USAF: you have no clue what I've done professionally, where I've worked or what I've dealt with. Don't make assumptions about me, or anyone else and I will do the same for you.

    Joel: Narcan is a opioid antagonist. If no opioids are present in a person system, it does nothing. It's just an annoying nasal spray. Are you against helping adminster an epi pen or use an AED? It's no different.

    You don't want to deal with angry drug addicts? Maybe law enforcement is not right for you. Here is the easiest solution on earth. Cuff em then give them the Narcan and control them like you were taught in the academy.

    PPD: we don't ask Firefighters to do those tasks because that's not their mission. What's our mission? Simply protect and serve right? We all still remember that?

    The fact that police cannot give epi pens is a failure of policy and law. As soon as some politician's family member dies from and allergic reaction, that too will change as it has in other states.

    I know why I became a police officer, my mission has not changed and my experiences have made me more committed to that. Maybe it's time a few people think back to before they were so salty and jaded and think why they became the police.
     
    Last edited: Mar 25, 2017
    Rogergoodwin likes this.
  11. USAF3424

    USAF3424 MassCops Member

    Relax buddy never assumed anything nor do I care to. Feel free to make any about me though, I'm not going to get upset over comments on masscops, especially when the subject is junkies.
     
    Joel98, PPD54 and woodyd like this.
  12. Johnny Law

    Johnny Law Nemo me impune lacessit Staff Member

    Chitown, when you give your 13th (yes 13th) dose of Narcan to the same shithead junkie, will you still feel like you made a difference? I don't, so I expect to be paid for administering this medicine. Sorry if you're offended that the rest of us expect money in the pocket for acting like a paramedic. Do it for free, I'll split your share with the members of Masscops.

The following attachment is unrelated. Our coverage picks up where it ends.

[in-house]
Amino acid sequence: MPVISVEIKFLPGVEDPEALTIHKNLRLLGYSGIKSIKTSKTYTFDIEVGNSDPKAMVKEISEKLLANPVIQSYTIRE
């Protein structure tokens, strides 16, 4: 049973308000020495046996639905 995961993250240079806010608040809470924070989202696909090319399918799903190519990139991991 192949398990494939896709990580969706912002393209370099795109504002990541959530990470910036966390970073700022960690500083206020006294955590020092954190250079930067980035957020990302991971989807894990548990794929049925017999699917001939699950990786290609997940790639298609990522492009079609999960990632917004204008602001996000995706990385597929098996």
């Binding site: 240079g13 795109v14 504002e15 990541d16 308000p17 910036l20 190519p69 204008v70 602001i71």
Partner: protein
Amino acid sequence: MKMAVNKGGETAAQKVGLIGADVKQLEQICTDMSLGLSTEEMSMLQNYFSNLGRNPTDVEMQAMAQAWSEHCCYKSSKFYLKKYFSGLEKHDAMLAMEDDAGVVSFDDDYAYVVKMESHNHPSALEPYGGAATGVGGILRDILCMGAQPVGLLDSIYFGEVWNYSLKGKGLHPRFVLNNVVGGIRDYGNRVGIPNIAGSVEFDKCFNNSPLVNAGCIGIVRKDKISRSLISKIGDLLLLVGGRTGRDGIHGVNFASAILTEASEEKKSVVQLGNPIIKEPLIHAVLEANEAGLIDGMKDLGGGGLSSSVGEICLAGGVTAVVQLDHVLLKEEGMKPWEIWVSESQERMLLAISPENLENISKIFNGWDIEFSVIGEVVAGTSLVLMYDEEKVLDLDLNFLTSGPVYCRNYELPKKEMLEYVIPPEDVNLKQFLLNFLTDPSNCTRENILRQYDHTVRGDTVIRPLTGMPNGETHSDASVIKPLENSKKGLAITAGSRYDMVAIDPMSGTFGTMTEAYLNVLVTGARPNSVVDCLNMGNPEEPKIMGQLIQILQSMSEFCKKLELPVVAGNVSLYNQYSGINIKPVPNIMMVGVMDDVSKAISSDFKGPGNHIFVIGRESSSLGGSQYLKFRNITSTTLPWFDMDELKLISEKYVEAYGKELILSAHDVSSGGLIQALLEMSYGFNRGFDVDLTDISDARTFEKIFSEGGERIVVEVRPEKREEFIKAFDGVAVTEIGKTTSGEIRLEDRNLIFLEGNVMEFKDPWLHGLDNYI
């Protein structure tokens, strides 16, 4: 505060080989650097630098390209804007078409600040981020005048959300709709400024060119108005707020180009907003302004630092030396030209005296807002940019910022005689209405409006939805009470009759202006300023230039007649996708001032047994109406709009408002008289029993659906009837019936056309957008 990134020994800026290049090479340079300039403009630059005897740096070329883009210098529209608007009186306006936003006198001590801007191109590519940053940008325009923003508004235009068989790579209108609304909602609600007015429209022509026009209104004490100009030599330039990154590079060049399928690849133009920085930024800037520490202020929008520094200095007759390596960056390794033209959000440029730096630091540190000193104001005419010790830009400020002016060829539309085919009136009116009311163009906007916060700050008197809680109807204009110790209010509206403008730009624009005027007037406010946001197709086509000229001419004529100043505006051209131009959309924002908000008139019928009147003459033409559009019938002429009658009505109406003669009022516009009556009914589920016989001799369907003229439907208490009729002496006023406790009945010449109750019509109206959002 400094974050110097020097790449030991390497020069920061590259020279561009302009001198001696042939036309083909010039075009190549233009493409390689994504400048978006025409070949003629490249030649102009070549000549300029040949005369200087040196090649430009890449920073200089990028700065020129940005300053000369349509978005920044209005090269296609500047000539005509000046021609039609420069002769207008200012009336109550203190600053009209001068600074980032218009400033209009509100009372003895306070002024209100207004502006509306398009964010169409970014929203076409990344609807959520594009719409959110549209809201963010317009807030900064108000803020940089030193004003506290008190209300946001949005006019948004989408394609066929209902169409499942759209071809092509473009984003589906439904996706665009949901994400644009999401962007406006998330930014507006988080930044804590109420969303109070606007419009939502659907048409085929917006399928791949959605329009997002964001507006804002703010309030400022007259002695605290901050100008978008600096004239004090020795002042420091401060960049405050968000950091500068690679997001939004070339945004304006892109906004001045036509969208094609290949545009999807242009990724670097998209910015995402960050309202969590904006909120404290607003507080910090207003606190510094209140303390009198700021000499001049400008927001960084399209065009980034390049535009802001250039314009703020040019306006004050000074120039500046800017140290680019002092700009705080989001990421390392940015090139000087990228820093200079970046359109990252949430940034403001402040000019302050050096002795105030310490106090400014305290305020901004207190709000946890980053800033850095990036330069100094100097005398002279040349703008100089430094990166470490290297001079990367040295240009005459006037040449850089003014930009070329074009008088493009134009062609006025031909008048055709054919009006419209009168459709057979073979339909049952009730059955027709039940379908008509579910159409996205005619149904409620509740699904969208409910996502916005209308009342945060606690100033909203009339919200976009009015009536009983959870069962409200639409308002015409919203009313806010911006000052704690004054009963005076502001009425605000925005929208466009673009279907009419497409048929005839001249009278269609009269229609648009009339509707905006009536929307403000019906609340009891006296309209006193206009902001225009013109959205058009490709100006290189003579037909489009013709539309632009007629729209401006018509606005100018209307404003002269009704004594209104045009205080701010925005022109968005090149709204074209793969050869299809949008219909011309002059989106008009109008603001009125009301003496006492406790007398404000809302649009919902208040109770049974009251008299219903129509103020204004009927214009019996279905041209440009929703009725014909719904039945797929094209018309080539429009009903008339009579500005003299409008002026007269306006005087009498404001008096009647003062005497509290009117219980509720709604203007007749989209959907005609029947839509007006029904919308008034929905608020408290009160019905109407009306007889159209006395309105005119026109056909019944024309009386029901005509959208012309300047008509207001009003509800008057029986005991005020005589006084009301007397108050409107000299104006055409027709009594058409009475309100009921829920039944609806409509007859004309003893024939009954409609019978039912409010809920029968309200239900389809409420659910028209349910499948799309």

There is a HUGE philosophical difference between helping give a kid an Epi and shooting naloxone into a junkie's nose. First and foremost, the kid was born or developed an involuntary allergy to bee stings, peanuts etc. A junkie CHOOSES to shoot or snort heroin. Second, don't you think there is something wrong in this world where an EpiPen dose costs $600 and you need a prescription from the doctor; versus a $5 dose of Narcan and they hand that shit out like napkins at an all you can eat picnic? It's a controlled substance as well, but it's handed out without a prescription?

    Not only no, FUCK no! And I have no idea if the Det. Lt. from Quincy is a good guy or not, however, his bleeding heart bullshit that the police aren't going to arrest their way out of a heroin epidemic holds fucking zero water with me. We aren't going to narcan our way out either, genius. It's just prolonging the inevitable.


    You can call me salty and jaded, but that is making assumptions, and you wouldn't want to do that....right?
     
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  13. Pvt. Cowboy

    Pvt. Cowboy Lemme take a selfie Staff Member

    You?!? Salty and JADED?!? Neverrrr. I mean shit, I could just press a margarita glass against your skin and viola... ;)

    Working alongside many EMT's in New England, I find that my opinion is very similar to theirs... narcan is a problem for a solution.

    Heartless prick? You bet your ass I am. I chisel ice off my heart when I pour an ice coffee. It's because these junkies are thieves, lowlifes, and members of society that are generally useless. None have jobs (know any functioning heroin abusers? It's not like marijuana) they steal from family, and are a drain on hospitals and ambulance services. It would be addition by subtraction if we just let nature take its course, but no...

    You'll admin narcan to an OD on the street, and 1.5 hours later, after they've been discharged, you're dispatched to deal with the same fuckin' guy, requiring the same thing, more narcan. I can't make this shit up, actual story.

    We're training cops to save junkies lives, but we won't train them in the administration of an EPI-pen?

    "Folks this is your captain speaking... We've arrived at your destination... backwards land."
     
  14. PPD54

    PPD54 Highly Dedicated, Slightly Motivated